The polar vortex is a structure that mainly develops in the stratosphere at altitudes ranging from 12 to 50 km. The point of origin is situated above the troposphere, the layer in which the major meteorological processes occur. In the polar region, the atmosphere is thinner than it is in the equatorial region, and the stratosphere starts at an altitude of 8 km.
A similar circulatory system exists in the troposphere and can be partially linked with the stratosphere. We therefore make a distinction between the stratospheric and tropospheric vortex. Directly above the North Pole, when viewed from above, a circular, wavy movement of air masses can be observed flowing in a counterclockwise direction. The waves in this flow are known as Rossby waves in meteorology. A similar vortex exists above the South Pole, known as the Antarctic polar vortex.
The stratospheric polar vortex
The counterclockwise rotational movement (which happens clockwise at the South Pole) is caused by the Coriolis force, which is a consequence of the Earth’s rotation. The stratospheric polar vortex forms due to the strong westward flow that is generated in the mid-latitudes at higher altitudes. This flow, in turn, results from the differential warming of the northern and mid-latitudes and the resulting thermal imbalance. This imbalance is more pronounced during the cold season due to the more extreme cooling in the Arctic zones compared to the equatorial zones.
The stratospheric polar vortex becomes stronger and wider in the autumn and weakens in the spring. In the summer, it is completely absent. The polar vortex has a more uniform shape than the tropospheric polar vortex, but certain temporary events can disrupt it, causing it to break apart and disappear for a short period (lasting a few days to a few weeks). This can happen at any time, and not only when the polar vortex is at its weakest. The polar vortex can also be displaced due to the formation of a high-pressure area centred over the pole, which often occurs during the summer months. During the six months of summer, the polar vortex is replaced by the polar summer high, the circulation changes its direction, and the stratospheric winds blow in from the east.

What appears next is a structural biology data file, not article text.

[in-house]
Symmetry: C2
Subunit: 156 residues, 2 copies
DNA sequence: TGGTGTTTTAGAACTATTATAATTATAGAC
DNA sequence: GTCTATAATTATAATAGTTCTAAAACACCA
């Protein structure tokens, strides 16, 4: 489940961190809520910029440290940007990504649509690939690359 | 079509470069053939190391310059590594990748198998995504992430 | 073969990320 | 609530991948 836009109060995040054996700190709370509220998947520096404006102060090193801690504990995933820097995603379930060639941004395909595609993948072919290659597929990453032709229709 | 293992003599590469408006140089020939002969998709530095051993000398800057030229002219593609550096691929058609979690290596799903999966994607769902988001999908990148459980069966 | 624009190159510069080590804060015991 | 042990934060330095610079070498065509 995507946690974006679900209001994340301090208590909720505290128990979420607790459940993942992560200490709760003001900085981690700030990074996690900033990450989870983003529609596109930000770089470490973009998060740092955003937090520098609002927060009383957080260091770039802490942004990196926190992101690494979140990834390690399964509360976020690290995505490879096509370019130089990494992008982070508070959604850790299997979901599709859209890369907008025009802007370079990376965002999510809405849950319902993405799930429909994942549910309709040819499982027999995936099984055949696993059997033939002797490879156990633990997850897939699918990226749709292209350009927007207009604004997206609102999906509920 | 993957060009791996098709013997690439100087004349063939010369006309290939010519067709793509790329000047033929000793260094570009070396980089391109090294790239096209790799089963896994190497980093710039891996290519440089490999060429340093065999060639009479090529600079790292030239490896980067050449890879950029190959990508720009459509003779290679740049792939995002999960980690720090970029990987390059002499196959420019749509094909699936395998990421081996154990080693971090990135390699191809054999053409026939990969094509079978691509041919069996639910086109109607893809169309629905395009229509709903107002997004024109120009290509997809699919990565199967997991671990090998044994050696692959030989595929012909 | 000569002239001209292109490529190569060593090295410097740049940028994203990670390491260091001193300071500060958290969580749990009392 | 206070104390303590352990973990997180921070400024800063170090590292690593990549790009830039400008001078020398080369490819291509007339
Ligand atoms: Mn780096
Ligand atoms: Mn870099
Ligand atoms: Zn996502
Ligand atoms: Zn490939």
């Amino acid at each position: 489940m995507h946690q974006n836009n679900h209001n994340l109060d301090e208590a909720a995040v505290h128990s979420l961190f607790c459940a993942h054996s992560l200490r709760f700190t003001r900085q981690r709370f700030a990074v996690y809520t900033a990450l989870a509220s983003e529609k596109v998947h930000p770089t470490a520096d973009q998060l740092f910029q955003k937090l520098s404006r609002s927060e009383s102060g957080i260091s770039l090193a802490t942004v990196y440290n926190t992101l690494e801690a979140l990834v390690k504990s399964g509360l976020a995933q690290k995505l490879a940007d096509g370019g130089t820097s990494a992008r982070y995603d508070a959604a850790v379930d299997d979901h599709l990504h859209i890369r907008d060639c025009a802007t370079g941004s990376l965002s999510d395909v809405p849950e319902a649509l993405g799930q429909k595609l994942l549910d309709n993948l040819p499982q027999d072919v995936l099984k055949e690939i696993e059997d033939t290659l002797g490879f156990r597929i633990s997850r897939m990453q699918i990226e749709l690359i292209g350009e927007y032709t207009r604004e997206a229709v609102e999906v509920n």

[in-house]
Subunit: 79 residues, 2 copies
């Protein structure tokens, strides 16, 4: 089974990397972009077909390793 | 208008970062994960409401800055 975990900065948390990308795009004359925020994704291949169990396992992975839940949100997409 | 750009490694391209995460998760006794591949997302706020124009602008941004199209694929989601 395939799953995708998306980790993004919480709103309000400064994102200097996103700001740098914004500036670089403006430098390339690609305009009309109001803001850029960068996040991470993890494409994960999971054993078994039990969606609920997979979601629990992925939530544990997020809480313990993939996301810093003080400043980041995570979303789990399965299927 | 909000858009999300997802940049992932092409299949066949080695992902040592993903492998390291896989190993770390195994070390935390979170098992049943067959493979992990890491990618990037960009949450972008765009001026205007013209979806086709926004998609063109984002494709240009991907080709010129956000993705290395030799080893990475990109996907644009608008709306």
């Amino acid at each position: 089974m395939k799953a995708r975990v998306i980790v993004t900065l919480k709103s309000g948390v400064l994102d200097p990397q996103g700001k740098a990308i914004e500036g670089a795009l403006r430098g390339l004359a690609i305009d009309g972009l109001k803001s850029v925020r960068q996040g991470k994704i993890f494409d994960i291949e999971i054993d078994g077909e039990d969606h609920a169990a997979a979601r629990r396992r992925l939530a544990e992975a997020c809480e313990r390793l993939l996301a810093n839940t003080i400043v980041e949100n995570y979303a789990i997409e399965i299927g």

The troposphere polar vortex
The tropospheric polar vortex is also a low-pressure area with its centre over the pole. It is located at an altitude of between 5,000 and 9,000 metres. The polar vortex typically extends to around the 40th or 50th latitude, making it more extensive than the stratospheric polar vortex. The tropospheric polar vortex is also constrained by the western flow of air, but it generally has a less compact structure than the stratospheric polar vortex.
On some days, the tropospheric polar vortex can have multiple centres, but typically the vortex will consist of just one or two centres. In the average boreal winter, there are two centres: one near Baffin Island (Canada) and the other over Northern Siberia.
The tropospheric polar vortex is weaker and less extensive in the summer, but unlike the stratospheric polar vortex, it does not disappear completely. As the polar vortex weakens, it tends to have stronger wave movements. This then leads to sudden changes in weather in the mid-latitudes. Although the tropopause separates the two polar vortexes, they can sometimes interact with each other and influence each other’s behaviour.
Governor of boreal cold
The tropospheric polar vortex interacts with subtropical high-pressure systems located in more southerly latitudes. The Earth’s rotation means that there is no direct exchange of air masses between the equator and the pole at higher altitudes. The jet streams in the mid-latitudes divert the air currents in an attempt to balance the energy imbalance between the equator and the poles. If the Earth did not rotate, a direct exchange between north and south could occur, and the dynamics of the Earth’s atmosphere would be much different.